Over the past few weeks, we have seen Attorney General Eric Holder aggressively defend the criminal justice system as the appropriate venue to detain, question, and prosecute terrorists. Most recently, Holder has held up Najibullah Zazi, the Denver-based airport driver turned terrorist who pleaded guilty to conspiracy and material support charges, as a prime example of how the criminal justice system can effectively deal with terror suspects. Holder is just wrong.
Let’s begin first, though, with where Holder is right. No one can dispute that the Department of Justice has the ability to leverage the investigative prowess of the FBI and the unparalleled litigation skills of career prosecutors in U.S. Attorneys offices across the country, as well as in the National Security Division. And no one can dispute that the Department of Justice is good at gathering information on terrorists and their sympathizers inside the United States, building a case, and obtaining guilty pleas from such individuals. Indeed, in recent years, DOJ has obtained guilty pleas from all manner of such individuals, including Daniel Joseph Maldonado and Earnest James Ujaama.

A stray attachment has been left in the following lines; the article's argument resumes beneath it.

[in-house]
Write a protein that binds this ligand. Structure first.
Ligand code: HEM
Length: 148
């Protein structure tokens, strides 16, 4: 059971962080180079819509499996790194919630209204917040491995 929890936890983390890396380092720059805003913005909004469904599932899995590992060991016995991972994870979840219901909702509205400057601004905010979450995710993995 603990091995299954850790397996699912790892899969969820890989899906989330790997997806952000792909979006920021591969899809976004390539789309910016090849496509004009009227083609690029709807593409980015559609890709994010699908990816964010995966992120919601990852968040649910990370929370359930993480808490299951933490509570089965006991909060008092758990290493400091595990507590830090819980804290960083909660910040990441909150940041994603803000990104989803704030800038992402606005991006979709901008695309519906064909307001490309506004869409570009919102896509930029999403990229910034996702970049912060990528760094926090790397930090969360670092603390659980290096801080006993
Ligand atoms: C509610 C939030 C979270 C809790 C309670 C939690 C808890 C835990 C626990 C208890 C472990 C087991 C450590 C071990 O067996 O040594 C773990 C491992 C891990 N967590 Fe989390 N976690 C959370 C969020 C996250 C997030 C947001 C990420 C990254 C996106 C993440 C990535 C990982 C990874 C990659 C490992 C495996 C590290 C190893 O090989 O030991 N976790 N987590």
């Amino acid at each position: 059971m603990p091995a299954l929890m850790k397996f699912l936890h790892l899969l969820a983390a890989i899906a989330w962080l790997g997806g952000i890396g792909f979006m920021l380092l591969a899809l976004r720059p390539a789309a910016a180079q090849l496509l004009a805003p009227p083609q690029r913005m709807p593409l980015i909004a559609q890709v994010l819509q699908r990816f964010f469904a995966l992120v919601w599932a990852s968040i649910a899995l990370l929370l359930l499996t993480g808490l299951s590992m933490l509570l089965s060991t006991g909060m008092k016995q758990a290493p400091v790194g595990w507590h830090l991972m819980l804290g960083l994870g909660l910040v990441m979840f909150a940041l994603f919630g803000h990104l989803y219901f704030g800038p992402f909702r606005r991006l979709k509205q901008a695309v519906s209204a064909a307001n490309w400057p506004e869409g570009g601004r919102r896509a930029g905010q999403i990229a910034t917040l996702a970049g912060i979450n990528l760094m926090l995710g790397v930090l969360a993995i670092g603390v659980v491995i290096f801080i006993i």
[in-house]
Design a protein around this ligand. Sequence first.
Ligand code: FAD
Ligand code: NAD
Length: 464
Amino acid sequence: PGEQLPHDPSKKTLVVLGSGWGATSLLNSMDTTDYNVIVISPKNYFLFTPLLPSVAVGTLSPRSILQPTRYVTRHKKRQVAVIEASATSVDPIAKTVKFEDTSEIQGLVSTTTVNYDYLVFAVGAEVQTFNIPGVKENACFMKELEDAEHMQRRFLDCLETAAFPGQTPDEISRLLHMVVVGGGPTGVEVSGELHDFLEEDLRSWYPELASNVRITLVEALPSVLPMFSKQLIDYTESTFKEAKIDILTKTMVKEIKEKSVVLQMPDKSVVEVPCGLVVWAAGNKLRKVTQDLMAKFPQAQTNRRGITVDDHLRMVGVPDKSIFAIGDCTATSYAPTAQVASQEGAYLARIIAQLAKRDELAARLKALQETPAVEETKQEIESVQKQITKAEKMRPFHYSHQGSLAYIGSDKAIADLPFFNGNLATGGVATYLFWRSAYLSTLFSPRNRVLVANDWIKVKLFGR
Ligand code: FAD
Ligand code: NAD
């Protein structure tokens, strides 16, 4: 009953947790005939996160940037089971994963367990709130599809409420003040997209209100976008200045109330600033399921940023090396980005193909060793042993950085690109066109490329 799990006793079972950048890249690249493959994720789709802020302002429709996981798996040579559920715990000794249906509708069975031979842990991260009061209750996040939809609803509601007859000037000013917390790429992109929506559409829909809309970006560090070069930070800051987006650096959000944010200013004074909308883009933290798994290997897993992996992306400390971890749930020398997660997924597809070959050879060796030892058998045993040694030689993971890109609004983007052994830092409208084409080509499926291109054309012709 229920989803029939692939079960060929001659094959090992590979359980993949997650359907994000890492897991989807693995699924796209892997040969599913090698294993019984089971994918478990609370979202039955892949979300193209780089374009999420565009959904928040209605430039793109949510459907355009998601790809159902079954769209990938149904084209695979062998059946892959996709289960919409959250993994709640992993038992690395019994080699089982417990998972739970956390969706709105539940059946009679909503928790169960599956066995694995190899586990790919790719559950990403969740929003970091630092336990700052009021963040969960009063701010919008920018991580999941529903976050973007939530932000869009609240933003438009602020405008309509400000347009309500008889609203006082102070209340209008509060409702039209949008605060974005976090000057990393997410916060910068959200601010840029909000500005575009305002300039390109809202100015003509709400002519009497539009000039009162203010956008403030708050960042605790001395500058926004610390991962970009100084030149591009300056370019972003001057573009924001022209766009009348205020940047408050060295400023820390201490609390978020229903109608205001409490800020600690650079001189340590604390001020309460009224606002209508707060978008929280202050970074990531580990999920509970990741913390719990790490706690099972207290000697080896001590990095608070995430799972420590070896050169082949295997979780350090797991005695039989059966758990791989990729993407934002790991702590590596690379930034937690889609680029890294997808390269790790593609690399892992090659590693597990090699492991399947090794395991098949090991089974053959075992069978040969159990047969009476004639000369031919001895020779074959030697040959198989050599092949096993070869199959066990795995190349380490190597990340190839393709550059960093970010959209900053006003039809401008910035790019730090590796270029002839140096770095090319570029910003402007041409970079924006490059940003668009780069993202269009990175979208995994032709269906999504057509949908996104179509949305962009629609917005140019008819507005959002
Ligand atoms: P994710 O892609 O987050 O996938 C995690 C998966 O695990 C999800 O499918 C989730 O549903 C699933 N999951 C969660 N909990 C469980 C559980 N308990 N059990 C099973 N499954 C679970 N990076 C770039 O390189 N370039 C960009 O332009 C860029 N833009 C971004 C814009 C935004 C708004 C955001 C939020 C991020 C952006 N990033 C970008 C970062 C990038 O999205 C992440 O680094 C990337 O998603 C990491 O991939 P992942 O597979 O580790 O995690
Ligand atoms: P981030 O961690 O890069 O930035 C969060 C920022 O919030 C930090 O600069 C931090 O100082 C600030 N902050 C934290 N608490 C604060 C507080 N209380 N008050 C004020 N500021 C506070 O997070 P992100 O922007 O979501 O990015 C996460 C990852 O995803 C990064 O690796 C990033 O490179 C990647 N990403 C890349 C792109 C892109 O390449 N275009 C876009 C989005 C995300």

The problem, however, is not with those terrorists, like Zazi, who are willing to plead guilty or against whom the government has had the time and opportunity to build strong investigative case. Those cases prove nothing about the ability of the government to handle hardened terrorists who are trained and captured abroad, sometimes on the battlefield, and who are
- unwilling to voluntarily provide information on their cohorts no matter the threatened criminal sanction;
- interested in using the American courthouse as a platform for espousing their unique brand of rejectionism and their perverted views of Islam and the West; or
- hoping to play on the sympathies of those in this country and abroad who share their wrongheaded views about American foreign policy.